The life of a professional DJ is glamorised as an unending buffet of all-nighters, backstage riders, and yacht rides. But this picture fails to account for the prevailing nerdiness of many a good DJ.
A hard-working DJ tends not only to be obsessed with music but driven to illuminate hidden gems and draw connections between ostensibly different yet spiritually kindred tracks. The work of Brisbane DJ Dameeeela is founded in all these qualities, as well as a deep thirst for dance floor liberation.
Dameeeela, a Yuggera woman who was born and raised in Brisbane, will be spinning a deftly curated playlist of jazz-influenced electronic music at the Sydney Opera House this Friday, June 3rd for Vivid LIVE.
Dameeeela is one of many excellent acts on the lineup for Astral People’s 10 + 1 birthday celebrations. The Sydney label and events company is hosting back-to-back parties on the Northern Boardwalk. For night one, Dameeeela will join UK jazz and Afrobeat drummer Yussef Dayes, Melbourne neo-soul band Hiatus Kaiyote, psychedelic soul artist Jitwam, Noongar soul singer Bumpy, and jazz-, psych-, and Balearic-influenced ensemble Mildlife.
Tone Deaf spoke to Dameeeela about her teenage hip hop obsession, her rise through the DJ ranks, and her recent debut single, ‘The Shake Up’.
Tone Deaf: Does being a DJ and producer take up all of your time?
Dameeeela: I’m also studying a Bachelor of Primary Education. Eventually I want to open my own outdoor school.
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TD: Oh, nice. How long have you been DJing?
D: Probably about six years now.
TD: How did you start booking gigs?
D: I started pretty much just invading other peoples’ sets in the clubs that I was going to. I was just taking over and picking the songs for them and then all of a sudden I was being booked. It’s all been very accidental. Never was I like, “Okay, I’m going to be this DJ.” Not once.
TD: What was it like when you started going out in Brisbane – was there a good club scene?
D: We had a couple of the main clubs that were all really close to each other that were probably a bit more of like the underground clubs. So, we had the TBC Club, which was Bowler Bar, and they would throw on acts like Diplo and all of the Listen Out sideshows and stuff like that.
And then we had Oh Hello!, which would have Disclosure and stuff playing. So there was like a house place to go as well, which was cool. And then right in between those two there was an indie club, so we’d have artists like xxyyxx and all the cool alternative electronic.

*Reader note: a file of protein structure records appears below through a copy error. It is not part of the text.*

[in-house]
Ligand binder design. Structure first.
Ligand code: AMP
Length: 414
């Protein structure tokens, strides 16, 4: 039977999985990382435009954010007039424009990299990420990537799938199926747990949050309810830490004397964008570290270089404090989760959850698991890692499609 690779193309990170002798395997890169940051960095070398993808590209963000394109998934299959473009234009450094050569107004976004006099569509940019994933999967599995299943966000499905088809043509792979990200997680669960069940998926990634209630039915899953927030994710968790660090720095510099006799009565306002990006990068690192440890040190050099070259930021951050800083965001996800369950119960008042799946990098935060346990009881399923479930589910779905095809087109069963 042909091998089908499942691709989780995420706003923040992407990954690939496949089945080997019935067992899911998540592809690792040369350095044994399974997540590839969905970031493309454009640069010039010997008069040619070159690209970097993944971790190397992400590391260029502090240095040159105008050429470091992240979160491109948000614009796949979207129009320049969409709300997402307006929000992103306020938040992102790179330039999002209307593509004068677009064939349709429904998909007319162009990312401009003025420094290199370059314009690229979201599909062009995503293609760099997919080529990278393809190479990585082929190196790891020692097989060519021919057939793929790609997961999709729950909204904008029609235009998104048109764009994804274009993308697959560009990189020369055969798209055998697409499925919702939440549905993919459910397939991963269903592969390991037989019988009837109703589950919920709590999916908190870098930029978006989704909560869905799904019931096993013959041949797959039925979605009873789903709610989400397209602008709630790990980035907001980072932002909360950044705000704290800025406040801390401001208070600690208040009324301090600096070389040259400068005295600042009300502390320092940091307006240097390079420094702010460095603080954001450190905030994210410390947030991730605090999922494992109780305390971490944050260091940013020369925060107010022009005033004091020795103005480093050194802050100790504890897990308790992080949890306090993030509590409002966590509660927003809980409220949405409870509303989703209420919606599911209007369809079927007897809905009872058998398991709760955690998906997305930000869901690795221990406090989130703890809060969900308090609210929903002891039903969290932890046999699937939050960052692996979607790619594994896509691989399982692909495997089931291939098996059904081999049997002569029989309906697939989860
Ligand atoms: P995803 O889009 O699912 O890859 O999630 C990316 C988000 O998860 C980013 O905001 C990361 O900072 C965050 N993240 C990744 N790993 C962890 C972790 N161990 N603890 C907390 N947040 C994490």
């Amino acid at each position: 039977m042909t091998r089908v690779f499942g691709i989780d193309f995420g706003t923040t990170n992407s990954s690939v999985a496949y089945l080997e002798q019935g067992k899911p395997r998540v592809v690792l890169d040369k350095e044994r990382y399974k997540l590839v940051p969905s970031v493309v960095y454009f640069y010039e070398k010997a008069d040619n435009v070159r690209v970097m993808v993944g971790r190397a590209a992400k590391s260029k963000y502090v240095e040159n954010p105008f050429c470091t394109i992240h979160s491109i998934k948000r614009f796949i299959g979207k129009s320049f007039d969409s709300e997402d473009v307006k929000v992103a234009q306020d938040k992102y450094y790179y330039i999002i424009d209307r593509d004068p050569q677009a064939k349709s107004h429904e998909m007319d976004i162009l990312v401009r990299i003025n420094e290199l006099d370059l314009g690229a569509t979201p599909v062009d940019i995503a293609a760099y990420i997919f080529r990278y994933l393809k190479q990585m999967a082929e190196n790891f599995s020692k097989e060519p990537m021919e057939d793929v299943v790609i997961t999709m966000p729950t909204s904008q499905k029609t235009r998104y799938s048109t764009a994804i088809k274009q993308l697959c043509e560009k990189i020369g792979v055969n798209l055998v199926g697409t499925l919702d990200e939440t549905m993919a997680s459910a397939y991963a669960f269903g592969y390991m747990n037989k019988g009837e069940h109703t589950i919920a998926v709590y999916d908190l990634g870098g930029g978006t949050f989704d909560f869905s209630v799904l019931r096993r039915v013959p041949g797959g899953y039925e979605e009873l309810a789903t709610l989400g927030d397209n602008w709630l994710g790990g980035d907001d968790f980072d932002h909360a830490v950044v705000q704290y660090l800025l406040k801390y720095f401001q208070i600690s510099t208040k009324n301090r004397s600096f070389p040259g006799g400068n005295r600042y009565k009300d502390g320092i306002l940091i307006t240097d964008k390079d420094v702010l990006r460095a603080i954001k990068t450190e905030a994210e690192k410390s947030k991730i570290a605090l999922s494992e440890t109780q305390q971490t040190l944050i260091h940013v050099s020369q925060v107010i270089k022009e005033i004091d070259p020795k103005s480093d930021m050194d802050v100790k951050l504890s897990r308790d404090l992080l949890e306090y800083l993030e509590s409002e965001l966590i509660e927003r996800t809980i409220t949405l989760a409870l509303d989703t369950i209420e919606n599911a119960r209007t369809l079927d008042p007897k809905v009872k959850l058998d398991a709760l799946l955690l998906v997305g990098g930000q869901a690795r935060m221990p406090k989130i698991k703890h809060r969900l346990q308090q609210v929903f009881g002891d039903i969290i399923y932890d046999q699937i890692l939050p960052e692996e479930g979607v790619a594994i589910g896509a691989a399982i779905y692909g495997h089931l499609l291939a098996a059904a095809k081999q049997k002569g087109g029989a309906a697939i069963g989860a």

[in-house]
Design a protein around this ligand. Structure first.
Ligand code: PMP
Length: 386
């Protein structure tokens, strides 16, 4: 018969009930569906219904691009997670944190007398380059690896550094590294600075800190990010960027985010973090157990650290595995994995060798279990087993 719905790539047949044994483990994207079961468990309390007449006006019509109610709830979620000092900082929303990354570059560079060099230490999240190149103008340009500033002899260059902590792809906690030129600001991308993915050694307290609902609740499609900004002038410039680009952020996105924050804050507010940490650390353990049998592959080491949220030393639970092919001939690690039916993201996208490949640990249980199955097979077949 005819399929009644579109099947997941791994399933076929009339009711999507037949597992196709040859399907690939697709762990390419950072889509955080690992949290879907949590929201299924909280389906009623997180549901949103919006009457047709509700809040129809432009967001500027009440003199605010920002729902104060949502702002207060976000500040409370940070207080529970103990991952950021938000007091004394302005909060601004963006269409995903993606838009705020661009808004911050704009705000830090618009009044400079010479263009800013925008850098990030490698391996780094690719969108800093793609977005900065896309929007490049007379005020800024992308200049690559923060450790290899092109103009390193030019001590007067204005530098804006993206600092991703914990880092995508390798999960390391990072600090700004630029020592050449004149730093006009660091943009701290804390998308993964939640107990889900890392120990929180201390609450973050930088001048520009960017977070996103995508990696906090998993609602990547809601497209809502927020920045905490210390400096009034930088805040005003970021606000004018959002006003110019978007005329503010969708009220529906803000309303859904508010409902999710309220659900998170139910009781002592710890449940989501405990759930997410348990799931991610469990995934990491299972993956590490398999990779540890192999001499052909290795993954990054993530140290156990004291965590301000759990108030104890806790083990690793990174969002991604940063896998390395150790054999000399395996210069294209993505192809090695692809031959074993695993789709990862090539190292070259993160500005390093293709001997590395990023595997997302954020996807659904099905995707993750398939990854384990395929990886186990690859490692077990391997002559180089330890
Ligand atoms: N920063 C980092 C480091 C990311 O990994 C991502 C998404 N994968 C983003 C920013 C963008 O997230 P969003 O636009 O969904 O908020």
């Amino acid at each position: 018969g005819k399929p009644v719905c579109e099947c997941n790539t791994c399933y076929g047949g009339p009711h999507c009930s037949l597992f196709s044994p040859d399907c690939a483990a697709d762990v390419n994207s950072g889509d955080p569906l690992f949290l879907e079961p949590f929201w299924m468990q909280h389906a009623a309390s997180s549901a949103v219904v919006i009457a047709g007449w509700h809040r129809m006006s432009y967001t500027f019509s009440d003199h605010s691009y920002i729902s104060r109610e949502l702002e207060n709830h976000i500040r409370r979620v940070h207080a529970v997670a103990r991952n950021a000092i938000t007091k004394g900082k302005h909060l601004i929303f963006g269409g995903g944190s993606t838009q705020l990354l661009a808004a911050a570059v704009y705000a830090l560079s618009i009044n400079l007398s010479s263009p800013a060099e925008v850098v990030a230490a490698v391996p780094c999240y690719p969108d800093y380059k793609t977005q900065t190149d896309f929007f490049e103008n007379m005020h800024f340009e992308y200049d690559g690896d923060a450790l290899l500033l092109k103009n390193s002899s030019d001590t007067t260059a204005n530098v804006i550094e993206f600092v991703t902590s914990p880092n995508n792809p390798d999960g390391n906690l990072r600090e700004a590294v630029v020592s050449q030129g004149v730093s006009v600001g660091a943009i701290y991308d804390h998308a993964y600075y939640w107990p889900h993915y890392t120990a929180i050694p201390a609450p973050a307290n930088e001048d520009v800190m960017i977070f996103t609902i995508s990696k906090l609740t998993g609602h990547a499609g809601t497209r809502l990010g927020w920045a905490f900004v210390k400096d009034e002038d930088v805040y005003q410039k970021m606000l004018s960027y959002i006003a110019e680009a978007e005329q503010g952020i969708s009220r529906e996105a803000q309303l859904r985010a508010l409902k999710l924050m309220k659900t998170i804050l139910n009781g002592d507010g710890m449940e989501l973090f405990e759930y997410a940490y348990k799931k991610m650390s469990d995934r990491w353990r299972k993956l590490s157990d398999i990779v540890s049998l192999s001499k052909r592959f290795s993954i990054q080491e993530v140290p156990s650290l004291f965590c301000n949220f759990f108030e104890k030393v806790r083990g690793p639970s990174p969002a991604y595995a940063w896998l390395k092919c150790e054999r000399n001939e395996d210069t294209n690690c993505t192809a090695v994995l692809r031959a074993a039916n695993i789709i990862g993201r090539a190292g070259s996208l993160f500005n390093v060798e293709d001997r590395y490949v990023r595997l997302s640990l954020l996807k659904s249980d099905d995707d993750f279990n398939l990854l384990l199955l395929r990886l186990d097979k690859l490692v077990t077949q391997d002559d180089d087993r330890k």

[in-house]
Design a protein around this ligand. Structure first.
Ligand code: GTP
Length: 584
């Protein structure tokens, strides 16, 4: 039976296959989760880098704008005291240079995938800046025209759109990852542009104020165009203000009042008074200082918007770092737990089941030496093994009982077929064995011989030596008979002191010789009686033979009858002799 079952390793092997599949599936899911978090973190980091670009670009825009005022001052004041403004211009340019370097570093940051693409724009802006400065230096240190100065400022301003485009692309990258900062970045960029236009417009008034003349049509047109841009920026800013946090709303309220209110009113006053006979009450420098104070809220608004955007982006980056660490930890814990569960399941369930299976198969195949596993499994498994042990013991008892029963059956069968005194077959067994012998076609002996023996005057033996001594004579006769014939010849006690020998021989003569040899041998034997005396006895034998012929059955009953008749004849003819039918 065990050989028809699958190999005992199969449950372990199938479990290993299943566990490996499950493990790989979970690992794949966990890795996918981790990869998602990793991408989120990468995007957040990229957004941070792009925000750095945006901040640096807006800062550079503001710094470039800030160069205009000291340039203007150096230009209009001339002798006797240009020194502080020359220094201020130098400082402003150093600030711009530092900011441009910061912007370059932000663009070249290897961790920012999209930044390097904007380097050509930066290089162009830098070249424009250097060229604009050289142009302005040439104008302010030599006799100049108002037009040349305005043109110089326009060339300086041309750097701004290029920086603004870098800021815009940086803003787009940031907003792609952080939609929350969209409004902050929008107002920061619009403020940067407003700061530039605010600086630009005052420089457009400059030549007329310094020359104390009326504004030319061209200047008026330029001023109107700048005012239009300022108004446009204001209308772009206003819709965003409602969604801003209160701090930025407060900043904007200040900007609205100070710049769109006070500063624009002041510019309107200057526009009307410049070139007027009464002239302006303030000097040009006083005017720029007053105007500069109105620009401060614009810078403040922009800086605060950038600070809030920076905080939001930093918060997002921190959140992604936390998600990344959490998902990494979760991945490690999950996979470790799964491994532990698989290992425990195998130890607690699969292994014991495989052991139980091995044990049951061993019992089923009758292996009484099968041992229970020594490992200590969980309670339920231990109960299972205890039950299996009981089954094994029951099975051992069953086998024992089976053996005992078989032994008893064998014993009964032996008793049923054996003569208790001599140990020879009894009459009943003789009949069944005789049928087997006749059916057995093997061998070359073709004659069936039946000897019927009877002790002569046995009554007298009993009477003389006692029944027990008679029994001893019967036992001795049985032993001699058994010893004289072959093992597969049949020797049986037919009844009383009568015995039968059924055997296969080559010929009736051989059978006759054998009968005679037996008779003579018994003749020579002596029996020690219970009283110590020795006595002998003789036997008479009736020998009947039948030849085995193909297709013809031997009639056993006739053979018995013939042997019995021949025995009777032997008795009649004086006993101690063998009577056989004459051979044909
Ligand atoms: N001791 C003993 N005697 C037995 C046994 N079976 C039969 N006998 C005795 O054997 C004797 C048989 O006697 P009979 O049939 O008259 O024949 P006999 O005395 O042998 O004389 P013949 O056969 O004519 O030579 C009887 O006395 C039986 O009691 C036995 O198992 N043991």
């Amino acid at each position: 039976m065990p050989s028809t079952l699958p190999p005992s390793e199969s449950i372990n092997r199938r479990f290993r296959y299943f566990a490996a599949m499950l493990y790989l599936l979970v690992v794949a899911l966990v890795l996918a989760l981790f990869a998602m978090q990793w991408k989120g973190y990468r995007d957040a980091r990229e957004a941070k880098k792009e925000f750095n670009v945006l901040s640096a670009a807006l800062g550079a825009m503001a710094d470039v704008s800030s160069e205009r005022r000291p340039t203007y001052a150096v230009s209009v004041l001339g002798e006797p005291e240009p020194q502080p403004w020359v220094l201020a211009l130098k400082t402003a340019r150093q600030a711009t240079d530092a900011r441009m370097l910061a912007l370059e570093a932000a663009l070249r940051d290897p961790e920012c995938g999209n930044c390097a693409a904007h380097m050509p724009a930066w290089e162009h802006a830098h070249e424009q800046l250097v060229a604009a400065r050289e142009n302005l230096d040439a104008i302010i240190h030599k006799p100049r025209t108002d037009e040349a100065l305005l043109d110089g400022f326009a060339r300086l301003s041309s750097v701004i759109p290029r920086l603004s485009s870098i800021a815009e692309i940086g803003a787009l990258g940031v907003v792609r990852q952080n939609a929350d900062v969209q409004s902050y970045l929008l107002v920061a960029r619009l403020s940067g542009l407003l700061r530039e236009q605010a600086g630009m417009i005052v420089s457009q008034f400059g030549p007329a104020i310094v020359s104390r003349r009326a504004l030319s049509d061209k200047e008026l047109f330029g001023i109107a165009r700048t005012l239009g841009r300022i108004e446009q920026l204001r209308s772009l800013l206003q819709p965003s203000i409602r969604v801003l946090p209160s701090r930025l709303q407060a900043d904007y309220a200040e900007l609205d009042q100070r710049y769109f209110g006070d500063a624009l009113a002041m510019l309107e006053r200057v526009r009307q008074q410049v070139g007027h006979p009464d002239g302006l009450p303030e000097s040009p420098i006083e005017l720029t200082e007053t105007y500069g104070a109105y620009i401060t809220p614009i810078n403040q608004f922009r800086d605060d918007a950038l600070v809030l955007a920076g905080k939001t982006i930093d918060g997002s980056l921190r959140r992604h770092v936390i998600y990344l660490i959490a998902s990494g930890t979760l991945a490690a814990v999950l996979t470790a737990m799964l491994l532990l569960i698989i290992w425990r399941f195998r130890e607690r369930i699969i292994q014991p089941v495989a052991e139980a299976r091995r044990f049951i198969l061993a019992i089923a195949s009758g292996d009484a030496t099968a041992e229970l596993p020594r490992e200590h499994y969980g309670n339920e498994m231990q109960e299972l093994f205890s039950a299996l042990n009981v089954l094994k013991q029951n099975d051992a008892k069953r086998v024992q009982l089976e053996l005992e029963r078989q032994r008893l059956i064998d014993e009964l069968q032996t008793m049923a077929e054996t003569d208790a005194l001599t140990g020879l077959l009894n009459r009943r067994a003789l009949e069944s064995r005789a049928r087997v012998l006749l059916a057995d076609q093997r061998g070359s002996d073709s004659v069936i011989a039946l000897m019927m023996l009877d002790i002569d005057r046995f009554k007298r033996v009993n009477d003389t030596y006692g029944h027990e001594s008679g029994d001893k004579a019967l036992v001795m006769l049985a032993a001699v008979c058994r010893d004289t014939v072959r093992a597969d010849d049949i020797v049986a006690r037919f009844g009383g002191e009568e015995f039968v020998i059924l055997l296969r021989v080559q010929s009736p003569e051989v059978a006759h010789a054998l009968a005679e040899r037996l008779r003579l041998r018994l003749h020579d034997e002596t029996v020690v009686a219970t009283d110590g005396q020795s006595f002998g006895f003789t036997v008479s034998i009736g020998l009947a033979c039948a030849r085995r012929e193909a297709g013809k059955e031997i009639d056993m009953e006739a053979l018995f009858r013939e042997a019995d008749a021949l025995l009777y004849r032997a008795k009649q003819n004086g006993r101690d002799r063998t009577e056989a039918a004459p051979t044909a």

TD: When you were growing up and music started to become something you loved, what was the stuff that really switched you on?
D: When I was in high school, I used to download these massive hip hop daily packs. It was like a hundred tracks a day, and I would skip through each one and pick like five [songs] or something and then I would upload them to Myspace. And so, people would follow that and add those songs to their profiles and stuff, so they could hear new music.
TD: Was the objective just to share this music with more people?
D: Ever since you could first go on someone’s profile and a song would play automatically, to me it was like, you’re displaying your music taste immediately when you go on someone’s profile. I always thought that was so cool and always felt such a pressure to pick the right song, or wanted the newest song.
TD: So, hip hop was your main obsession when you were a teenager?
D: Yeah, pretty much. I think I stem a lot of my electronic music knowledge from artists like Shlohmo. They listened to lots of hip hop and then also made ambient electronic music and dance electronic. So it was through him, who listened to hip hop, I started listening to more underground electronic.
TD: You’re on the lineup for Astral People 10 + 1 at the Sydney Opera House, with Yussef Dayes, Hiatus Kaiyote, Mildlife, Jitwam, and Bumpy. What do you have planned?
D: I have this selection of really unique, jazz-inspired electronic music. This is such a beautiful opportunity to play that music – I couldn’t imagine a better one. It’ll be the right crowd, it’ll be the right environment. I’m pretty lucky, pretty excited.
TD: Do you usually DJ all digital?
D: This set will be all digital, but I have done many vinyl sets as well. I learnt to DJ on vinyl. There’s two residencies I have that are in Brisbane and one of them is vinyl only and one of them’s vinyl option.
TD: You put out your debut single ‘The Shake Up’, featuring Tjaka, in February. Who are Tjaka?
D: Tjaka are two Aboriginal brothers. Basically, they play an electronic didjeridu and their dad was the one who invented the microphone that goes in your mouth to play the didjeridu. Artists like Yothu Yindi and stuff back in the 90s tried those mouthpieces.
So, they’ve got all these super cool, different kinds of didjeridus and they play so well – they grew up playing with Cat Empire and stuff like that.
TD: Working with Tjaka and the electronic didjeridu, is that a sign of what you want to do as a producer? Do you want to incorporate more Indigenous sounds and influences?
D: Yeah. There’s just not enough in that space yet. There is a wave of us coming and we’re all in our little electronic mob DJ chats that we vent about everything to each other. So there’s this big wave that’s happening right now, which is so exciting.
TD: Who else is part of this wave?
D: RONA., she works closely with RÜFÜS DU SOL. DJ pgz, who has released some cool electronic. And Soju Gang, she just does fun Soundcloud mashups and stuff. She just did a Barkaa mashup. There’s so much happening right now, which is really exciting.